The former head of the HSE sharply criticised progress on the implementation of Sláintecare at a major health conference in Croke Park.
Speaking at the 15th National Health Summit, former HSE Director General Mr Tony O’Brien said he supported the 10-year plan for the health system, although it had “strength and weaknesses”.
Mr O’Brien also praised the establishment of the Sláintecare Programme Office and the appointment of its Executive Director Ms Laura Magahy.
However, he raised serious concerns over the lack of a specific transitional fund dedicated to the implementation of Sláintecare.
“It is unfortunate that at the moment, it is not possible to identify a single euro that has been allocated to a transitional fund,” said Mr O’Brien.
“So the pace of change has not been encouraging. There are still people making all the right noises… My concern is that we will go down the road where we are too concerned about lines on maps and names of organisations rather than addressing that fundamental [fund] for the transition. And when people say to me, ‘can we afford it?’, I say ‘we cannot afford not to’.”
Speaking earlier in the day, Ms Magahy told attendees in Croke Park that the successful conclusion of the current GP contract negotiations was crucial to the implementation of Sláintecare.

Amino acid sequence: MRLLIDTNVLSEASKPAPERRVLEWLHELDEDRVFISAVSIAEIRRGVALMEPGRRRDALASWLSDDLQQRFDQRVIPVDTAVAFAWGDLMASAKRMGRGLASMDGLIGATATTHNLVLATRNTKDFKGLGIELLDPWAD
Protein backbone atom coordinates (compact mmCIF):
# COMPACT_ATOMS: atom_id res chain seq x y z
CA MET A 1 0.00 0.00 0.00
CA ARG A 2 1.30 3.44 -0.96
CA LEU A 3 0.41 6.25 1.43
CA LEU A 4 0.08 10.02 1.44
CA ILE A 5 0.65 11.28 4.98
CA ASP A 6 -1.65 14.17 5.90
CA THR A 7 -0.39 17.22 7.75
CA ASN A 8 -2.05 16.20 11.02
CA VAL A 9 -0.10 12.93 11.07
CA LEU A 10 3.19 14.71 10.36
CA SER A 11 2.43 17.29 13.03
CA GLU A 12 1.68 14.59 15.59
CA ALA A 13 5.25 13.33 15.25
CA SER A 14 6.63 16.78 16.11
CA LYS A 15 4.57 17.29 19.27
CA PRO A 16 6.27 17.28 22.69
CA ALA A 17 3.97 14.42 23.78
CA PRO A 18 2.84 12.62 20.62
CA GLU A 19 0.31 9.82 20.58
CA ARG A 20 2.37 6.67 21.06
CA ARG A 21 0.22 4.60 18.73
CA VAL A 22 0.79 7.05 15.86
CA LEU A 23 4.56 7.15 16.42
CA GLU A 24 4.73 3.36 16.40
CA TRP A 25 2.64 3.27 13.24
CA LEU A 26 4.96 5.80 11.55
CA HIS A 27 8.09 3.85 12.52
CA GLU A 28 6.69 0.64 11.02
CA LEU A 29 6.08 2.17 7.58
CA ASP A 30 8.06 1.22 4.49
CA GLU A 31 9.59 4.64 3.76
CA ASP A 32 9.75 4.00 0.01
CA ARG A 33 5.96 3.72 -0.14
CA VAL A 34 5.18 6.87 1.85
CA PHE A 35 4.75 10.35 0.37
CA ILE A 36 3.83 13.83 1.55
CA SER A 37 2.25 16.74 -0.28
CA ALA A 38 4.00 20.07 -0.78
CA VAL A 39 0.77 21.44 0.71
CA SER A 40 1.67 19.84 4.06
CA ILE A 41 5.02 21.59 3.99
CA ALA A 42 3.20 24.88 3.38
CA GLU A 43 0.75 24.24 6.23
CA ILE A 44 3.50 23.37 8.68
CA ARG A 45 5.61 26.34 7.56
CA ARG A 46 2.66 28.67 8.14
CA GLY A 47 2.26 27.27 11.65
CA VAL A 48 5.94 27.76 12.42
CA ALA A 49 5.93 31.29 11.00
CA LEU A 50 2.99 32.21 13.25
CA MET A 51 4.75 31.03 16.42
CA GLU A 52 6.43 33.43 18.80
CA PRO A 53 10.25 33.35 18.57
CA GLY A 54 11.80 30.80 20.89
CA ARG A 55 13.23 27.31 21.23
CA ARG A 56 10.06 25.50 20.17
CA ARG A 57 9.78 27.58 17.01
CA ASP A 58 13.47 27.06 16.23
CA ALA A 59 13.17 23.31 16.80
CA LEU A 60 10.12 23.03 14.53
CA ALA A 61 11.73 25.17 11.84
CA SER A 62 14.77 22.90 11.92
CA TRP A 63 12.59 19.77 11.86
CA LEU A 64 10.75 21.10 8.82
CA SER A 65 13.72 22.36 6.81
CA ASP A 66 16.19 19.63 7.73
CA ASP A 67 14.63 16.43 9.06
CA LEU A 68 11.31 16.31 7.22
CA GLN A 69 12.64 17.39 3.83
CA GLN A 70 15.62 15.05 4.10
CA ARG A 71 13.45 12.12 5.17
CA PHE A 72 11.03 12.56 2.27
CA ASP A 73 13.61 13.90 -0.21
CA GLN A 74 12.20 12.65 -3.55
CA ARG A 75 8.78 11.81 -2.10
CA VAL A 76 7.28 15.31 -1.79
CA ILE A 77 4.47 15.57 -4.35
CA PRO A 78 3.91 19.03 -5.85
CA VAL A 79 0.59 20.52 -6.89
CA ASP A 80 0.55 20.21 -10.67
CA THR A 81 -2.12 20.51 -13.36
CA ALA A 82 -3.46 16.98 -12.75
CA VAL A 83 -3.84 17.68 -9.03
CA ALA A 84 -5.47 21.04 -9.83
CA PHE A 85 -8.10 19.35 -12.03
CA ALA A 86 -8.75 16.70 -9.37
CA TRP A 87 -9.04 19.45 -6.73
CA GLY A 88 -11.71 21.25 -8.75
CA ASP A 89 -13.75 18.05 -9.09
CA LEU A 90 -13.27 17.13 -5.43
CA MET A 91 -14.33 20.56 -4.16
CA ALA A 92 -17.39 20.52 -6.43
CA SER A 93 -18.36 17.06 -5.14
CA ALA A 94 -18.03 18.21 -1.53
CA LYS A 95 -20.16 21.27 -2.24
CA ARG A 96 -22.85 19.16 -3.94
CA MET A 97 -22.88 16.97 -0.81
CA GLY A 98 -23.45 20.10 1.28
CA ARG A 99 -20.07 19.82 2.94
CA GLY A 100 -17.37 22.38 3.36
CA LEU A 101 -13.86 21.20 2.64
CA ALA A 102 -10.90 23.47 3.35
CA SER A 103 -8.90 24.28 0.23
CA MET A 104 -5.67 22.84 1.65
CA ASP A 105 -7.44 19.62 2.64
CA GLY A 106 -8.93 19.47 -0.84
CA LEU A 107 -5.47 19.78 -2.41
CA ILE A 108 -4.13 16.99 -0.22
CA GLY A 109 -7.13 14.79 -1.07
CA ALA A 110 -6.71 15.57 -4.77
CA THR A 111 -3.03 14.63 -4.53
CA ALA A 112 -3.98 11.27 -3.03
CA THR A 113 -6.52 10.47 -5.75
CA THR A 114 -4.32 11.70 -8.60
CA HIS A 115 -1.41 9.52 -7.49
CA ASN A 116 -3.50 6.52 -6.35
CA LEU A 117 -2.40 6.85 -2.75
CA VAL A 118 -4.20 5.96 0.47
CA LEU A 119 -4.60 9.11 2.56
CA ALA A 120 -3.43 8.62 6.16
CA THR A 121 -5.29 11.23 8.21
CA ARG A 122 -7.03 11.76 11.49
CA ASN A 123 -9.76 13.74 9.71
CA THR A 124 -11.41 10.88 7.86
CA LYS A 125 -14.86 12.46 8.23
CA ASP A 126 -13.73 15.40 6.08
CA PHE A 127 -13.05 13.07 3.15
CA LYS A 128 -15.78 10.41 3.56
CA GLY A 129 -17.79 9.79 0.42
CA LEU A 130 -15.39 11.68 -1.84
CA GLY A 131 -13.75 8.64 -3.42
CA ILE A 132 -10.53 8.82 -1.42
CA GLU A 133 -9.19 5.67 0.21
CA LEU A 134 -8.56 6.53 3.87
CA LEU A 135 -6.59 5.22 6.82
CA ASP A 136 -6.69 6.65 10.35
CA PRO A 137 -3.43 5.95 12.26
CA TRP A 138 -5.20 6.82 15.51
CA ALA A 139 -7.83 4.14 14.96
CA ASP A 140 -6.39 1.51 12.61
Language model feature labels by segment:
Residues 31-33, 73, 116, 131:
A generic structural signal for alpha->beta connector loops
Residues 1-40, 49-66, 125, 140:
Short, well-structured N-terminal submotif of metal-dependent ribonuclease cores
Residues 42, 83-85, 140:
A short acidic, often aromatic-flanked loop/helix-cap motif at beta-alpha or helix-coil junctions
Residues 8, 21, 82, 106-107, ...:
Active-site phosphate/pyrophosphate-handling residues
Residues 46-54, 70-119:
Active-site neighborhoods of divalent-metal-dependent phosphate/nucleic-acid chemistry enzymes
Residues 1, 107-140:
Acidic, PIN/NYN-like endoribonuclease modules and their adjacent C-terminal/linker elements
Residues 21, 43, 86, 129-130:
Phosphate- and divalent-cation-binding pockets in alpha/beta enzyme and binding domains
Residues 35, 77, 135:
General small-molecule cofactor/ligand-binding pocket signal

Ms Magahy said “concluding an agreement on a new GP contract is so important to delivering care in the community”.
“GPs are the cornerstone of the community. We know that there are GP negotiations happening at the moment; we hope they come to a conclusion really soon and they are to the satisfaction of everybody involved, because without the GPs, we cannot deliver care in the community… We hope that negotiations come to a conclusion really quickly because without it, we cannot move on and do the job.”
Ms Magahy warned the National Health Summit that “implementation isn’t easy”.
“We are doing this in partnership. Clearly, I’ve a very small office in the Department of Health, and we will not be doing all that work. This is the work of [all] the system.”
Looking at the health system in general, she said, “we need more capacity, we do need more people. There is an element of needing more beds… but there are also process improvements [needed].”
In the face of cynicism from some quarters about Sláintecare, she said she remained hopeful about the future.
“The people I’m meeting are hopeful and positive and up for it. I think the fact that there is all-party support makes this different. It is critical that stays there. But we all have a responsibility to make this happen.”
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